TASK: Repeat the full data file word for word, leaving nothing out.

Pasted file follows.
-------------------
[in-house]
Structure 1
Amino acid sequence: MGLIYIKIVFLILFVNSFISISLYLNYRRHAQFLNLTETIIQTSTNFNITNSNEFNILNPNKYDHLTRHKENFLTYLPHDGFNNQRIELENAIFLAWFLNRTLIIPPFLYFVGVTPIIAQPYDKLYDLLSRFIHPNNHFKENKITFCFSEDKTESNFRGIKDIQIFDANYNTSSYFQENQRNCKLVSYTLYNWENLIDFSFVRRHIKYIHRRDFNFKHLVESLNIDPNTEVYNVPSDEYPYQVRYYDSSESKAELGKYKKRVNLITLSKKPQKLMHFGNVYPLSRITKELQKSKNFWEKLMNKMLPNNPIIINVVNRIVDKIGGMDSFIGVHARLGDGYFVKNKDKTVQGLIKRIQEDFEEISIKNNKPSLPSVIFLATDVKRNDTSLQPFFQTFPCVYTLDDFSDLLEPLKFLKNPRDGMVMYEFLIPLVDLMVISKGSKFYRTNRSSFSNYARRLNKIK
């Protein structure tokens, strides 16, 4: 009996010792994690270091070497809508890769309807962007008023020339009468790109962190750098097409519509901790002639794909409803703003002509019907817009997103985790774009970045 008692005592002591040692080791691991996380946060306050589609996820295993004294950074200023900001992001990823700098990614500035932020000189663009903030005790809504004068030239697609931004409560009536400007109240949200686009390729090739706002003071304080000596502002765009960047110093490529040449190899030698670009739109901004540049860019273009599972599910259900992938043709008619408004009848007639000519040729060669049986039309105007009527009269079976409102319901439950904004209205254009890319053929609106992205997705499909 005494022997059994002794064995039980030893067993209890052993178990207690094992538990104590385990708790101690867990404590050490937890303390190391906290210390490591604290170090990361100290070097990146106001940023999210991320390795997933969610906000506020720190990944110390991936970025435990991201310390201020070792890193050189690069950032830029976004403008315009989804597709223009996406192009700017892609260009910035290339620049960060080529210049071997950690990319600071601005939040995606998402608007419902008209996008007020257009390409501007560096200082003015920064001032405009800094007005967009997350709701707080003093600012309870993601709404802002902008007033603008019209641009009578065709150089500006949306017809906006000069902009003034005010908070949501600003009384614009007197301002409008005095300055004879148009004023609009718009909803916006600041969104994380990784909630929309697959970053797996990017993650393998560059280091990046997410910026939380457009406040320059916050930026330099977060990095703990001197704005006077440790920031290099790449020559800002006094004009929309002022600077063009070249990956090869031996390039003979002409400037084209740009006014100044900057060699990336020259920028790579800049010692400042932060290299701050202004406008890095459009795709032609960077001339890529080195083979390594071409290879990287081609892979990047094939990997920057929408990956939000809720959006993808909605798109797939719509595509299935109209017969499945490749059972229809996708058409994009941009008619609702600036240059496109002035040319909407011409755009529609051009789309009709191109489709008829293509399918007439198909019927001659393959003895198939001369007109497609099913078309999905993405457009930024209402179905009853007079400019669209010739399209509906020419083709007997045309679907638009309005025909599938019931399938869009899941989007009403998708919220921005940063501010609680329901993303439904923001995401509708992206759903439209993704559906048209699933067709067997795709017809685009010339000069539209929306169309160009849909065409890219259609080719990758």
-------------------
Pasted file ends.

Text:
[in-house]
Structure 1
Amino acid sequence: MGLIYIKIVFLILFVNSFISISLYLNYRRHAQFLNLTETIIQTSTNFNITNSNEFNILNPNKYDHLTRHKENFLTYLPHDGFNNQRIELENAIFLAWFLNRTLIIPPFLYFVGVTPIIAQPYDKLYDLLSRFIHPNNHFKENKITFCFSEDKTESNFRGIKDIQIFDANYNTSSYFQENQRNCKLVSYTLYNWENLIDFSFVRRHIKYIHRRDFNFKHLVESLNIDPNTEVYNVPSDEYPYQVRYYDSSESKAELGKYKKRVNLITLSKKPQKLMHFGNVYPLSRITKELQKSKNFWEKLMNKMLPNNPIIINVVNRIVDKIGGMDSFIGVHARLGDGYFVKNKDKTVQGLIKRIQEDFEEISIKNNKPSLPSVIFLATDVKRNDTSLQPFFQTFPCVYTLDDFSDLLEPLKFLKNPRDGMVMYEFLIPLVDLMVISKGSKFYRTNRSSFSNYARRLNKIK
């Protein structure tokens, strides 16, 4: 009996010792994690270091070497809508890769309807962007008023020339009468790109962190750098097409519509901790002639794909409803703003002509019907817009997103985790774009970045 008692005592002591040692080791691991996380946060306050589609996820295993004294950074200023900001992001990823700098990614500035932020000189663009903030005790809504004068030239697609931004409560009536400007109240949200686009390729090739706002003071304080000596502002765009960047110093490529040449190899030698670009739109901004540049860019273009599972599910259900992938043709008619408004009848007639000519040729060669049986039309105007009527009269079976409102319901439950904004209205254009890319053929609106992205997705499909 005494022997059994002794064995039980030893067993209890052993178990207690094992538990104590385990708790101690867990404590050490937890303390190391906290210390490591604290170090990361100290070097990146106001940023999210991320390795997933969610906000506020720190990944110390991936970025435990991201310390201020070792890193050189690069950032830029976004403008315009989804597709223009996406192009700017892609260009910035290339620049960060080529210049071997950690990319600071601005939040995606998402608007419902008209996008007020257009390409501007560096200082003015920064001032405009800094007005967009997350709701707080003093600012309870993601709404802002902008007033603008019209641009009578065709150089500006949306017809906006000069902009003034005010908070949501600003009384614009007197301002409008005095300055004879148009004023609009718009909803916006600041969104994380990784909630929309697959970053797996990017993650393998560059280091990046997410910026939380457009406040320059916050930026330099977060990095703990001197704005006077440790920031290099790449020559800002006094004009929309002022600077063009070249990956090869031996390039003979002409400037084209740009006014100044900057060699990336020259920028790579800049010692400042932060290299701050202004406008890095459009795709032609960077001339890529080195083979390594071409290879990287081609892979990047094939990997920057929408990956939000809720959006993808909605798109797939719509595509299935109209017969499945490749059972229809996708058409994009941009008619609702600036240059496109002035040319909407011409755009529609051009789309009709191109489709008829293509399918007439198909019927001659393959003895198939001369007109497609099913078309999905993405457009930024209402179905009853007079400019669209010739399209509906020419083709007997045309679907638009309005025909599938019931399938869009899941989007009403998708919220921005940063501010609680329901993303439904923001995401509708992206759903439209993704559906048209699933067709067997795709017809685009010339000069539209929306169309160009849909065409890219259609080719990758």